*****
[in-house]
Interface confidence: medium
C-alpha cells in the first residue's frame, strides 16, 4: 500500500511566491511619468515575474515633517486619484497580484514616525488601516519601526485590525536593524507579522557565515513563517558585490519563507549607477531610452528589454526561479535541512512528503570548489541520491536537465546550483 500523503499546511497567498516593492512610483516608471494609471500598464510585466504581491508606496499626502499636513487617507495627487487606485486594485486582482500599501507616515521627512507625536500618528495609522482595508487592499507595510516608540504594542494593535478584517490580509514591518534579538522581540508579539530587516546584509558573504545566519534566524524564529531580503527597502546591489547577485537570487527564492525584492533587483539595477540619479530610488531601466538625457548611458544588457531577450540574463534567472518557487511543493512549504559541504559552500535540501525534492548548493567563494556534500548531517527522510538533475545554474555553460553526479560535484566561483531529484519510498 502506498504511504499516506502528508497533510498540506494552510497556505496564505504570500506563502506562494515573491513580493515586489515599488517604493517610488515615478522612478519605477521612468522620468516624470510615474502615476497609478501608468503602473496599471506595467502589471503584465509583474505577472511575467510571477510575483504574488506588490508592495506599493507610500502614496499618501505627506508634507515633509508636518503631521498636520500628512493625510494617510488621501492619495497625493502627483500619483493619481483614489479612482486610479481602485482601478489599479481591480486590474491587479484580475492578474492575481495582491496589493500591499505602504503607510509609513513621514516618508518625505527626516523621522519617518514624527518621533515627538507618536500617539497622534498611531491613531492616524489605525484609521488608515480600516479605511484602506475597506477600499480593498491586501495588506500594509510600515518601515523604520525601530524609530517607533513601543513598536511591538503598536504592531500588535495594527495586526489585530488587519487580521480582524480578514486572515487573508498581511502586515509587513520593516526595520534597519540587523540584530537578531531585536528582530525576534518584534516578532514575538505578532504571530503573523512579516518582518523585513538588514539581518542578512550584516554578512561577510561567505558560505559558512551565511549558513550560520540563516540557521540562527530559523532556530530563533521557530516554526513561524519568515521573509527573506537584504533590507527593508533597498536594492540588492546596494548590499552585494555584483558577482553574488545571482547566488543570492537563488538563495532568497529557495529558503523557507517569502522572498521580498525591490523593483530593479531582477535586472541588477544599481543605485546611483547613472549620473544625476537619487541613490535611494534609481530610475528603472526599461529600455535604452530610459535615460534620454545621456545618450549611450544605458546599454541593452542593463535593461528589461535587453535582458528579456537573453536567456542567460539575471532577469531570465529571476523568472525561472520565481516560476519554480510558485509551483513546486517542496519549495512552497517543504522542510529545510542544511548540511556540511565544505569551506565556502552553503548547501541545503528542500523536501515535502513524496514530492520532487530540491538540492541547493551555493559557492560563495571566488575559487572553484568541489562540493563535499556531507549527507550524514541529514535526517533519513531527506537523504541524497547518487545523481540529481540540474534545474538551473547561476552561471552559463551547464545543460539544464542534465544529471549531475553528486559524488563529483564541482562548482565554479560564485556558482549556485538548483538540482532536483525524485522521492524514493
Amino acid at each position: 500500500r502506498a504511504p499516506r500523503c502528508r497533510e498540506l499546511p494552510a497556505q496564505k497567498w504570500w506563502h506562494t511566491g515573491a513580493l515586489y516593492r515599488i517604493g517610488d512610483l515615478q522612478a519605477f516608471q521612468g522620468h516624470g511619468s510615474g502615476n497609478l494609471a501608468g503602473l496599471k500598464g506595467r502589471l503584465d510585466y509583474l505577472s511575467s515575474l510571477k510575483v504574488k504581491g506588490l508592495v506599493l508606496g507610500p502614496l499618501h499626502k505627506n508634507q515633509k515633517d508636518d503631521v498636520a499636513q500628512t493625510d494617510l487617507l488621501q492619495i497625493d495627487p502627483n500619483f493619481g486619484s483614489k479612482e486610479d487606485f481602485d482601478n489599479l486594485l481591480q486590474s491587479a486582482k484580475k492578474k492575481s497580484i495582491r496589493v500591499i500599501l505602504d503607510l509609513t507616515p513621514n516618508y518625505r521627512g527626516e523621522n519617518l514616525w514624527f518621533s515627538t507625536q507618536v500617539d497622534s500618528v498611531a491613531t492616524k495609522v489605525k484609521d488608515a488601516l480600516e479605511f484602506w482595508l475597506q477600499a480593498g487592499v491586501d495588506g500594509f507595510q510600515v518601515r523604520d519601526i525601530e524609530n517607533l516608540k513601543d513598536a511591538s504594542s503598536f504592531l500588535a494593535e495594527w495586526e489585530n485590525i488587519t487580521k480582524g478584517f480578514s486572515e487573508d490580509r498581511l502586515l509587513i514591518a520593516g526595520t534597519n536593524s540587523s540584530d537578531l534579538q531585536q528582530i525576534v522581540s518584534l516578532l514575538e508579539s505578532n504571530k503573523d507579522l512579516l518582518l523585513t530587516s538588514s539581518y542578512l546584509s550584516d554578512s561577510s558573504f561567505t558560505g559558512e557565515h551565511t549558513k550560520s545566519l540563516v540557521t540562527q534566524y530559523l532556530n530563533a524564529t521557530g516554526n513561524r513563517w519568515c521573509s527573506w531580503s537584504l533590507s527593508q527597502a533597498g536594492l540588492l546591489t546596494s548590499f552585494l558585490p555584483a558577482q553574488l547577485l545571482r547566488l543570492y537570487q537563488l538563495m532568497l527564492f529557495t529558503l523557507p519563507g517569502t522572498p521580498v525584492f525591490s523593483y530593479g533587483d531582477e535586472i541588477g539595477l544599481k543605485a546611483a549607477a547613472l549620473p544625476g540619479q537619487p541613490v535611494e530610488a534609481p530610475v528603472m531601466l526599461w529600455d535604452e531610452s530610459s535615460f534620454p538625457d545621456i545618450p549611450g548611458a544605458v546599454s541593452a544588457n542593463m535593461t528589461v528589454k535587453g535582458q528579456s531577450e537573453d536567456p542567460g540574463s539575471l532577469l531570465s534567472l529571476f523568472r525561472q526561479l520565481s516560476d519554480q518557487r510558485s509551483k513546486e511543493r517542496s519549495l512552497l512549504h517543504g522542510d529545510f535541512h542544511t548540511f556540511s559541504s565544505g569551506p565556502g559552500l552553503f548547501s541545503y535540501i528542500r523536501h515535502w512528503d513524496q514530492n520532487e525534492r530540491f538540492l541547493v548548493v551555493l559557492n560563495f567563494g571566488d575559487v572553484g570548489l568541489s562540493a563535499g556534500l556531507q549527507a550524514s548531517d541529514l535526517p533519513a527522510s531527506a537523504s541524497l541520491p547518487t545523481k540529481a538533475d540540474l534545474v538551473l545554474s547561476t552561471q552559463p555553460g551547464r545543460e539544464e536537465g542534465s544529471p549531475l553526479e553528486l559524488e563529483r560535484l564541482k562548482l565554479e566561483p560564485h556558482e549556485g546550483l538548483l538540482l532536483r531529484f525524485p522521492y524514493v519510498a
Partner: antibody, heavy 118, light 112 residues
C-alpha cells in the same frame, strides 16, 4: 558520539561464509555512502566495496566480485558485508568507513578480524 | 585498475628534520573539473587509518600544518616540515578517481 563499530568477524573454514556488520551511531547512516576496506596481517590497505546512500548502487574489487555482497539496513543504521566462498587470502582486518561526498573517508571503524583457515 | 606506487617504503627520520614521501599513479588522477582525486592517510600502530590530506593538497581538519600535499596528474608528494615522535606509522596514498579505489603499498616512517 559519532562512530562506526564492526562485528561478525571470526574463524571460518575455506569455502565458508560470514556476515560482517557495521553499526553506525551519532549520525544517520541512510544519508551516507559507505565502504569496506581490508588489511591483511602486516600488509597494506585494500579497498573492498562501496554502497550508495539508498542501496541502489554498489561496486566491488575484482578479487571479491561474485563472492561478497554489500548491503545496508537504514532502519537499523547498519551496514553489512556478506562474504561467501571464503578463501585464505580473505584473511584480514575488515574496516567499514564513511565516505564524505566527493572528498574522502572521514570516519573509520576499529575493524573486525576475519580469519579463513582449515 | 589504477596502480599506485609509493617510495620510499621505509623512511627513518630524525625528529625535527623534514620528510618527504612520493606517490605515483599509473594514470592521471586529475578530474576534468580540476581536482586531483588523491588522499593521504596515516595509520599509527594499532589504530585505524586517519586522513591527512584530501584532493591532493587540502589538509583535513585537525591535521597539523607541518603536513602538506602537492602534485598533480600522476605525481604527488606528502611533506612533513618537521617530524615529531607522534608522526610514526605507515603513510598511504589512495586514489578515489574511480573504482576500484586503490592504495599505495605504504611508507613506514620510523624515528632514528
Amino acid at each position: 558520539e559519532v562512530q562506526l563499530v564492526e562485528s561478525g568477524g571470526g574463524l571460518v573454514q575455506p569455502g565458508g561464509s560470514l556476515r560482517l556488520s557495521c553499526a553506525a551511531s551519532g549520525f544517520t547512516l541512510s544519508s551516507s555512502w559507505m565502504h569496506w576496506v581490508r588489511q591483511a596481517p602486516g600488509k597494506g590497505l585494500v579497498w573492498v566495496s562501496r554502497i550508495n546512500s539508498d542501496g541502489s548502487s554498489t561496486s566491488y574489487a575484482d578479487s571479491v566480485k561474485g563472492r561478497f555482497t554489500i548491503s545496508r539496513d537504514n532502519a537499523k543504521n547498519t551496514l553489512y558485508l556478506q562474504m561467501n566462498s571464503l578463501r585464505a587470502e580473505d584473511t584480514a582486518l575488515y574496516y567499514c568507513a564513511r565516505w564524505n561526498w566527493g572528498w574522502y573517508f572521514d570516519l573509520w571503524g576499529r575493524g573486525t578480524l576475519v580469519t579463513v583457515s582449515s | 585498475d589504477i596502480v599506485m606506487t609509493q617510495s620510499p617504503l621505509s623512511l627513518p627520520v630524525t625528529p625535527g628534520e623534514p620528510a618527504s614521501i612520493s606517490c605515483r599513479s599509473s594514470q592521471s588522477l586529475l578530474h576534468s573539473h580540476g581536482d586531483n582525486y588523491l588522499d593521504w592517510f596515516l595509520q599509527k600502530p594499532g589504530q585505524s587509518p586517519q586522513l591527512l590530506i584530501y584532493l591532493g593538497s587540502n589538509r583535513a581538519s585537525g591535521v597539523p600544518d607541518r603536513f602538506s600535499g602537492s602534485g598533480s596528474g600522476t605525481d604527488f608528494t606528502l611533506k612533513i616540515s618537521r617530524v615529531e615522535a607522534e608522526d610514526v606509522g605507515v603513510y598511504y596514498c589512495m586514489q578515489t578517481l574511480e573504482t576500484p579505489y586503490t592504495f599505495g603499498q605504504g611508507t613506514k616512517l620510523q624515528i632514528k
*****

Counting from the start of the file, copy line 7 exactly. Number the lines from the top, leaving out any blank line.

Amino acid at each position: 558520539e559519532v562512530q562506526l563499530v564492526e562485528s561478525g568477524g571470526g574463524l571460518v573454514q575455506p569455502g565458508g561464509s560470514l556476515r560482517l556488520s557495521c553499526a553506525a551511531s551519532g549520525f544517520t547512516l541512510s544519508s551516507s555512502w559507505m565502504h569496506w576496506v581490508r588489511q591483511a596481517p602486516g600488509k597494506g590497505l585494500v579497498w573492498v566495496s562501496r554502497i550508495n546512500s539508498d542501496g541502489s548502487s554498489t561496486s566491488y574489487a575484482d578479487s571479491v566480485k561474485g563472492r561478497f555482497t554489500i548491503s545496508r539496513d537504514n532502519a537499523k543504521n547498519t551496514l553489512y558485508l556478506q562474504m561467501n566462498s571464503l578463501r585464505a587470502e580473505d584473511t584480514a582486518l575488515y574496516y567499514c568507513a564513511r565516505w564524505n561526498w566527493g572528498w574522502y573517508f572521514d570516519l573509520w571503524g576499529r575493524g573486525t578480524l576475519v580469519t579463513v583457515s582449515s | 585498475d589504477i596502480v599506485m606506487t609509493q617510495s620510499p617504503l621505509s623512511l627513518p627520520v630524525t625528529p625535527g628534520e623534514p620528510a618527504s614521501i612520493s606517490c605515483r599513479s599509473s594514470q592521471s588522477l586529475l578530474h576534468s573539473h580540476g581536482d586531483n582525486y588523491l588522499d593521504w592517510f596515516l595509520q599509527k600502530p594499532g589504530q585505524s587509518p586517519q586522513l591527512l590530506i584530501y584532493l591532493g593538497s587540502n589538509r583535513a581538519s585537525g591535521v597539523p600544518d607541518r603536513f602538506s600535499g602537492s602534485g598533480s596528474g600522476t605525481d604527488f608528494t606528502l611533506k612533513i616540515s618537521r617530524v615529531e615522535a607522534e608522526d610514526v606509522g605507515v603513510y598511504y596514498c589512495m586514489q578515489t578517481l574511480e573504482t576500484p579505489y586503490t592504495f599505495g603499498q605504504g611508507t613506514k616512517l620510523q624515528i632514528k